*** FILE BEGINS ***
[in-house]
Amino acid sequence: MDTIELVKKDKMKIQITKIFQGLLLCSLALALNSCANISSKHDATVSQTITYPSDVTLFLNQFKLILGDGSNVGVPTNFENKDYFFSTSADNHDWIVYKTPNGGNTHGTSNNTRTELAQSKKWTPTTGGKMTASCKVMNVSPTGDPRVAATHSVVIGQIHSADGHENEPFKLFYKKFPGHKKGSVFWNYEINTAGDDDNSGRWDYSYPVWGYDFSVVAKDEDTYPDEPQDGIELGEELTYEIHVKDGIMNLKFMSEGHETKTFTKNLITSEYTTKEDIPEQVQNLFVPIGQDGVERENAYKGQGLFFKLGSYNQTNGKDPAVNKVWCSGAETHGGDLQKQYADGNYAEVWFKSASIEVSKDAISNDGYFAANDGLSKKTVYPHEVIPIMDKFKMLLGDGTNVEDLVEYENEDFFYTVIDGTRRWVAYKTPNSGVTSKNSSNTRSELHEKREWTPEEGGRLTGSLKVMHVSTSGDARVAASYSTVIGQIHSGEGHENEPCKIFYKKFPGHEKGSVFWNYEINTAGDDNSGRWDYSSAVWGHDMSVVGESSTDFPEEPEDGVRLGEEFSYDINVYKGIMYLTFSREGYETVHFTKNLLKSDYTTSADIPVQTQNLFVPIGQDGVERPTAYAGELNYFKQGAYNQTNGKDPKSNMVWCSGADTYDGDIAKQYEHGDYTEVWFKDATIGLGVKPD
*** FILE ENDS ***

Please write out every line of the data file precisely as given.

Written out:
[in-house]
Amino acid sequence: MDTIELVKKDKMKIQITKIFQGLLLCSLALALNSCANISSKHDATVSQTITYPSDVTLFLNQFKLILGDGSNVGVPTNFENKDYFFSTSADNHDWIVYKTPNGGNTHGTSNNTRTELAQSKKWTPTTGGKMTASCKVMNVSPTGDPRVAATHSVVIGQIHSADGHENEPFKLFYKKFPGHKKGSVFWNYEINTAGDDDNSGRWDYSYPVWGYDFSVVAKDEDTYPDEPQDGIELGEELTYEIHVKDGIMNLKFMSEGHETKTFTKNLITSEYTTKEDIPEQVQNLFVPIGQDGVERENAYKGQGLFFKLGSYNQTNGKDPAVNKVWCSGAETHGGDLQKQYADGNYAEVWFKSASIEVSKDAISNDGYFAANDGLSKKTVYPHEVIPIMDKFKMLLGDGTNVEDLVEYENEDFFYTVIDGTRRWVAYKTPNSGVTSKNSSNTRSELHEKREWTPEEGGRLTGSLKVMHVSTSGDARVAASYSTVIGQIHSGEGHENEPCKIFYKKFPGHEKGSVFWNYEINTAGDDNSGRWDYSSAVWGHDMSVVGESSTDFPEEPEDGVRLGEEFSYDINVYKGIMYLTFSREGYETVHFTKNLLKSDYTTSADIPVQTQNLFVPIGQDGVERPTAYAGELNYFKQGAYNQTNGKDPKSNMVWCSGADTYDGDIAKQYEHGDYTEVWFKDATIGLGVKPD